The new bill promises to bring certainty to a fast-growing market for solar energy, in particular. With the transition to a new Governor this year, the future of California's renewables portfolio standard was periodically brought into question (see here and here). Without formal legislative action, the standard would have remained stuck at 20 percent rather than the more aggressive 33 percent.

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DWP Suspends Los Angeles Solar Rebate Due to 'Record Demand'

Last fall Los Angeles' main utility, Los Angeles Department of Water & Power (LADWP), was weighing a 30-percent cut to its solar rebate. Now, due to "record demand" for the rebates, DWP last Friday suspended the application process for at least 90 days.

The numbers tell all: some 2,000 rebate applications remain unprocessed, representing more than $110 million in demand for a round of rebate funds that's capped at $30 million for 2011. It seems people in L.A. really love solar power and how much money solar panels can shave off monthly electric bills. This is good news.

The bad news is that no one knows how things will pan out. According to DWP's website,

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Ralph Lauren Solar-Powered Backpack Carries, Charges Your Stuff

Posted by Adam Sewall In Monday, April 11 2011 under: Ralph Lauren, Solar Gadgets, Solar Backpack, Solar Technology

In our four years as a blog, we've seen just about every solar-powered gadget out there, including solar surfboards, solar suitcases and a solar helmet. So, when Ralph Lauren recently announced the release of a solar-powered backpack, we weren't exactly surprised.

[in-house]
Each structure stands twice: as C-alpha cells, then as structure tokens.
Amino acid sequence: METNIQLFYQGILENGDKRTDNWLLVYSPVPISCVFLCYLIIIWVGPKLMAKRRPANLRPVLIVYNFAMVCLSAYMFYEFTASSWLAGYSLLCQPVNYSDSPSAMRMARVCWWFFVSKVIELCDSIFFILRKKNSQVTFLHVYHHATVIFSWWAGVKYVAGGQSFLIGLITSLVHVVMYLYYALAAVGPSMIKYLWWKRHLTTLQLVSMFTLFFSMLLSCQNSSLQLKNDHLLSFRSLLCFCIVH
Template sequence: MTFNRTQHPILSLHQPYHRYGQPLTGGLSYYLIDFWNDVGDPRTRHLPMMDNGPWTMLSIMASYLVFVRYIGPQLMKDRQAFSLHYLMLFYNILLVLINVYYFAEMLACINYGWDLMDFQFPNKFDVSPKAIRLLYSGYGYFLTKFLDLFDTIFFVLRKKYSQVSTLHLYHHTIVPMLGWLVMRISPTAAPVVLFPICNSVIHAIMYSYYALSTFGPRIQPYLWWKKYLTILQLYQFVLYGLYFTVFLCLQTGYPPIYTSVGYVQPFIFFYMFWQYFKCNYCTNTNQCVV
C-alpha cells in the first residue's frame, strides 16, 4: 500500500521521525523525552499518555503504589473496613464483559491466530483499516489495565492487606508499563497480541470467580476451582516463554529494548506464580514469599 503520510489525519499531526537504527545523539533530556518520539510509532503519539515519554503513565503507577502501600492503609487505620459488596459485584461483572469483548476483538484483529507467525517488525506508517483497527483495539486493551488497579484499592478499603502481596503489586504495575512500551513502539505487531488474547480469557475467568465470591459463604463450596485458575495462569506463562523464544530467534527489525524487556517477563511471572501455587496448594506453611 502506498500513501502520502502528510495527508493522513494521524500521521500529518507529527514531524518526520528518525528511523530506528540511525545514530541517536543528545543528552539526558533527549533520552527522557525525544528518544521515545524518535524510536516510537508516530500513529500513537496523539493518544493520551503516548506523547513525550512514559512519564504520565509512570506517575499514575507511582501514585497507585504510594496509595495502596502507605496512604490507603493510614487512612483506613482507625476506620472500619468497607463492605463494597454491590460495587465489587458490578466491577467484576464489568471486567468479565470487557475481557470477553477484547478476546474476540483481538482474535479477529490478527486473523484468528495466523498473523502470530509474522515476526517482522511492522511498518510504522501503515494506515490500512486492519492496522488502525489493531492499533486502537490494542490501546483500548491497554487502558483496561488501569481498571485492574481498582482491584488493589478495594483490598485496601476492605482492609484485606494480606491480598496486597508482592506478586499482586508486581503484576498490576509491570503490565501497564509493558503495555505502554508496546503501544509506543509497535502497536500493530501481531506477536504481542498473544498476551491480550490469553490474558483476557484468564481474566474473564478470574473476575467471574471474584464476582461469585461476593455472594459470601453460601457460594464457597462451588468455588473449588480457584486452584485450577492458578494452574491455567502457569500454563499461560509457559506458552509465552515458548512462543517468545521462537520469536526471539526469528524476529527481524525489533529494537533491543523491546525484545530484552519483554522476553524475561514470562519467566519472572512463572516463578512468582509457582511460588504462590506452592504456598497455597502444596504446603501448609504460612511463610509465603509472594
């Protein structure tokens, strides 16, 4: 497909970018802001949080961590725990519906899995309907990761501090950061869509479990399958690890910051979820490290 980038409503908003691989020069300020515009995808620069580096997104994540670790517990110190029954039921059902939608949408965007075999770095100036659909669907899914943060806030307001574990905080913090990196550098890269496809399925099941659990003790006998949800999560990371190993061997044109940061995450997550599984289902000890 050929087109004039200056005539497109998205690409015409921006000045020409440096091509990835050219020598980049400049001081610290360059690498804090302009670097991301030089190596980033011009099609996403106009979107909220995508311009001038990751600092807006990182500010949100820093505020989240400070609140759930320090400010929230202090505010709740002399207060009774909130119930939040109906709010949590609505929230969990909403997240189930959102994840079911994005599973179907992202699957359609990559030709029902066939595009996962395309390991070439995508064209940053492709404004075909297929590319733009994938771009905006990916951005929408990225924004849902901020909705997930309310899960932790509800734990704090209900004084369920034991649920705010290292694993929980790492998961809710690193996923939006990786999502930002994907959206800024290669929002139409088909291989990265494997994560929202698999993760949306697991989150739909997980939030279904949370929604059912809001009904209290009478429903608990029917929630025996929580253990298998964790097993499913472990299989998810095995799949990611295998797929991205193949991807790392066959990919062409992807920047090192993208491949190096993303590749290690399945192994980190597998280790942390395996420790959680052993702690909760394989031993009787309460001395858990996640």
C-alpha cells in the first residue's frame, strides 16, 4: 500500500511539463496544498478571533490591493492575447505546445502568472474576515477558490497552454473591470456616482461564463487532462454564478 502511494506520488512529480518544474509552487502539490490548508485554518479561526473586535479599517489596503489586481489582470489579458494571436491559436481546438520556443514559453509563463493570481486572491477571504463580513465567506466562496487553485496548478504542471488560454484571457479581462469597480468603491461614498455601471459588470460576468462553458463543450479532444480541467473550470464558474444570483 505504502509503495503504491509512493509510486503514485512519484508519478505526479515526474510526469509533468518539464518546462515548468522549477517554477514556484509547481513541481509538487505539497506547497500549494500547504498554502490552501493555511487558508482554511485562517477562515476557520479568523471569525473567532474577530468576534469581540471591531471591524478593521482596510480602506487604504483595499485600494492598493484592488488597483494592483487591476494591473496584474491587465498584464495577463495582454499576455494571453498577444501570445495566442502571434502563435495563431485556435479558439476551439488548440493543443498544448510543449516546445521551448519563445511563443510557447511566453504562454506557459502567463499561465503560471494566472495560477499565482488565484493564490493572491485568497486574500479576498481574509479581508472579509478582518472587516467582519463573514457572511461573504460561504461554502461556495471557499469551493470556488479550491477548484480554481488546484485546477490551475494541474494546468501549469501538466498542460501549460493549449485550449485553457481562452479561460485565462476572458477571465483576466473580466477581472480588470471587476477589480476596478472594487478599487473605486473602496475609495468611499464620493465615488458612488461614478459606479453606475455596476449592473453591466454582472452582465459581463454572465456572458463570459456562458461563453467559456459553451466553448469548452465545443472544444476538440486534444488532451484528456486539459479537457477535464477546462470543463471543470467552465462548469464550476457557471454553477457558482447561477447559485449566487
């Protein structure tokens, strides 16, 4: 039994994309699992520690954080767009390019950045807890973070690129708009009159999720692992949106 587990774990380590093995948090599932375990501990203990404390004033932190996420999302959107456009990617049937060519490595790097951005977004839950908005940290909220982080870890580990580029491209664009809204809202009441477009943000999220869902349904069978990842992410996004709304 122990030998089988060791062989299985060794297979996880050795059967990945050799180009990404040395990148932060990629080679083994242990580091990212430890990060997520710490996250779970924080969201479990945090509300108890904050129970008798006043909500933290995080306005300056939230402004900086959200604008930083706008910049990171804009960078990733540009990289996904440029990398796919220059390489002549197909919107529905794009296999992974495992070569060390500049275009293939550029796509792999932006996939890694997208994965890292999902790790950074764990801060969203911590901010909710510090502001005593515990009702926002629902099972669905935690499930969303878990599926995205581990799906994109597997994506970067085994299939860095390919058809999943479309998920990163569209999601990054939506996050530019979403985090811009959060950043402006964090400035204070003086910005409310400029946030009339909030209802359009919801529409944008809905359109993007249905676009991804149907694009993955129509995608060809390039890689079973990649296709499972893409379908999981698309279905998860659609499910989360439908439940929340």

The bag is part of the designer's RLX line, which offers buyers "exceptionally luxe lifestyle apparel and innovative athletic gear." It is perfect for me, in other words. Next time I'm exploring the Amazon, I can both (a) look great and, thanks to the backpack, (b) get enough juice from its 2.45-watt solar panel to charge my GPS device and iPod.

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Google Announces $5 Million Germany Solar Project

Posted by Adam Sewall In Friday, April 8 2011 under: Solar Power Info, Cost and Financing, Google

Google is up to it again. The search giant recently announced plans to invest five million big ones in a solar energy park in Germany.

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5 Reasons Solar Power Beats the Pants Off Coal

Posted by Adam Sewall In Thursday, April 7 2011 under: Solar PV Panels, Coal

Looking at the following chart, it's pretty clear we get way more of our electricity from coal than we do from solar power. I mean, solar doesn't even show up when compared to the Goliath that is coal:

Crazy, huh?

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Tufts Energy Conference to Feature Top Speakers, Cocktail Party

Posted by Adam Sewall In Wednesday, April 6 2011 under: Massachusetts Solar, Tufts Energy Conference, Boston, Solar Power Info

What follows may or may not be a shameless plug for my alma mater. Regardless, it's a great annual event that deserves a bit of press...

The Tufts Energy Conference, now in its sixth year, offers attendees the chance listen to (and mingle with) some of the foremost thinkers in energy-related fields.